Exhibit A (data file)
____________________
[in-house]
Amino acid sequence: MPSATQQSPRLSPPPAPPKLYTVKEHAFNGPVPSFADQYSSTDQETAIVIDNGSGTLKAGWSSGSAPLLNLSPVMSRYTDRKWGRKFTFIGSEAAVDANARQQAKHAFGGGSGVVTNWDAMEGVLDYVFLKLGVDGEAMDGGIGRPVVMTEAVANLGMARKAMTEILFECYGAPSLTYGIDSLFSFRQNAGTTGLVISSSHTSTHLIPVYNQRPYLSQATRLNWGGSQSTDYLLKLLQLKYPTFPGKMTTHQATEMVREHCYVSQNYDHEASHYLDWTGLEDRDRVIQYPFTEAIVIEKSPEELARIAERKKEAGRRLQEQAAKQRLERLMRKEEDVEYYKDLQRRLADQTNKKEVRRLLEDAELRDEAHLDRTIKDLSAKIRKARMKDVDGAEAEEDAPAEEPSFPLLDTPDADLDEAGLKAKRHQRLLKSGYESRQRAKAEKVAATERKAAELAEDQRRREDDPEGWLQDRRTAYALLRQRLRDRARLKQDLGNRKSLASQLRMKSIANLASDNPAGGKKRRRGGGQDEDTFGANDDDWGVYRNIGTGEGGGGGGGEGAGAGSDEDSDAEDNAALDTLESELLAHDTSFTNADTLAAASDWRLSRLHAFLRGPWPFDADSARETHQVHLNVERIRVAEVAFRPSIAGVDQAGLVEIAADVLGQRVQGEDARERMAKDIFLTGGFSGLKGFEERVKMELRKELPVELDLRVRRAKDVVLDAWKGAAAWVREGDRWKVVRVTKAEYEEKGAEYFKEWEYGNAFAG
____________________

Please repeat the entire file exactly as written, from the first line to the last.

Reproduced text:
[in-house]
Amino acid sequence: MPSATQQSPRLSPPPAPPKLYTVKEHAFNGPVPSFADQYSSTDQETAIVIDNGSGTLKAGWSSGSAPLLNLSPVMSRYTDRKWGRKFTFIGSEAAVDANARQQAKHAFGGGSGVVTNWDAMEGVLDYVFLKLGVDGEAMDGGIGRPVVMTEAVANLGMARKAMTEILFECYGAPSLTYGIDSLFSFRQNAGTTGLVISSSHTSTHLIPVYNQRPYLSQATRLNWGGSQSTDYLLKLLQLKYPTFPGKMTTHQATEMVREHCYVSQNYDHEASHYLDWTGLEDRDRVIQYPFTEAIVIEKSPEELARIAERKKEAGRRLQEQAAKQRLERLMRKEEDVEYYKDLQRRLADQTNKKEVRRLLEDAELRDEAHLDRTIKDLSAKIRKARMKDVDGAEAEEDAPAEEPSFPLLDTPDADLDEAGLKAKRHQRLLKSGYESRQRAKAEKVAATERKAAELAEDQRRREDDPEGWLQDRRTAYALLRQRLRDRARLKQDLGNRKSLASQLRMKSIANLASDNPAGGKKRRRGGGQDEDTFGANDDDWGVYRNIGTGEGGGGGGGEGAGAGSDEDSDAEDNAALDTLESELLAHDTSFTNADTLAAASDWRLSRLHAFLRGPWPFDADSARETHQVHLNVERIRVAEVAFRPSIAGVDQAGLVEIAADVLGQRVQGEDARERMAKDIFLTGGFSGLKGFEERVKMELRKELPVELDLRVRRAKDVVLDAWKGAAAWVREGDRWKVVRVTKAEYEEKGAEYFKEWEYGNAFAG